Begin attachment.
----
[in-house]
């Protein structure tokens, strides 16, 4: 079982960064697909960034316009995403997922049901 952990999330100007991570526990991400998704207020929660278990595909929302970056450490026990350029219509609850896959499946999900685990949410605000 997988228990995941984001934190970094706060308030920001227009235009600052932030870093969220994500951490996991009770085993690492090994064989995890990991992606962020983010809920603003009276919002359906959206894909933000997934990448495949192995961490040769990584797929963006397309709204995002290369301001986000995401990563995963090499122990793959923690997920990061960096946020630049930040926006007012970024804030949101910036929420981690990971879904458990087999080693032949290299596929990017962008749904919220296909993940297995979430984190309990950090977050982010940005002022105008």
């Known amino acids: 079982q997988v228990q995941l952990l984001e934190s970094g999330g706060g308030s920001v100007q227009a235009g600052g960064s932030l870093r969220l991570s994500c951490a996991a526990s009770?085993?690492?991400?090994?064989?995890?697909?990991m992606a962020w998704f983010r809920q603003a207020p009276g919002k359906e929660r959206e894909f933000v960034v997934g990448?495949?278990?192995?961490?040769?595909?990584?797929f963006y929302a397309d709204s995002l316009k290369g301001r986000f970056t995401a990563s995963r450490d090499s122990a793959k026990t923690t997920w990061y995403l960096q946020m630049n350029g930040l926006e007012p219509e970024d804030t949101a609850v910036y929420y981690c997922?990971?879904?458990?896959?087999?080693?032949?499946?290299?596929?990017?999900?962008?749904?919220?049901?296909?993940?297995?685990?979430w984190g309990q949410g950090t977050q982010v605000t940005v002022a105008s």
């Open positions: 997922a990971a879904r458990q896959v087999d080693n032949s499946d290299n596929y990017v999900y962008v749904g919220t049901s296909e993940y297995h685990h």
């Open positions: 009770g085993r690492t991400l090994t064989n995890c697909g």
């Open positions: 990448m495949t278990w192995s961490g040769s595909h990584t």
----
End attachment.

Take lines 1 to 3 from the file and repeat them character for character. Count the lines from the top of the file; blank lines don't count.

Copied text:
[in-house]
């Protein structure tokens, strides 16, 4: 079982960064697909960034316009995403997922049901 952990999330100007991570526990991400998704207020929660278990595909929302970056450490026990350029219509609850896959499946999900685990949410605000 997988228990995941984001934190970094706060308030920001227009235009600052932030870093969220994500951490996991009770085993690492090994064989995890990991992606962020983010809920603003009276919002359906959206894909933000997934990448495949192995961490040769990584797929963006397309709204995002290369301001986000995401990563995963090499122990793959923690997920990061960096946020630049930040926006007012970024804030949101910036929420981690990971879904458990087999080693032949290299596929990017962008749904919220296909993940297995979430984190309990950090977050982010940005002022105008």
């Known amino acids: 079982q997988v228990q995941l952990l984001e934190s970094g999330g706060g308030s920001v100007q227009a235009g600052g960064s932030l870093r969220l991570s994500c951490a996991a526990s009770?085993?690492?991400?090994?064989?995890?697909?990991m992606a962020w998704f983010r809920q603003a207020p009276g919002k359906e929660r959206e894909f933000v960034v997934g990448?495949?278990?192995?961490?040769?595909?990584?797929f963006y929302a397309d709204s995002l316009k290369g301001r986000f970056t995401a990563s995963r450490d090499s122990a793959k026990t923690t997920w990061y995403l960096q946020m630049n350029g930040l926006e007012p219509e970024d804030t949101a609850v910036y929420y981690c997922?990971?879904?458990?896959?087999?080693?032949?499946?290299?596929?990017?999900?962008?749904?919220?049901?296909?993940?297995?685990?979430w984190g309990q949410g950090t977050q982010v605000t940005v002022a105008s």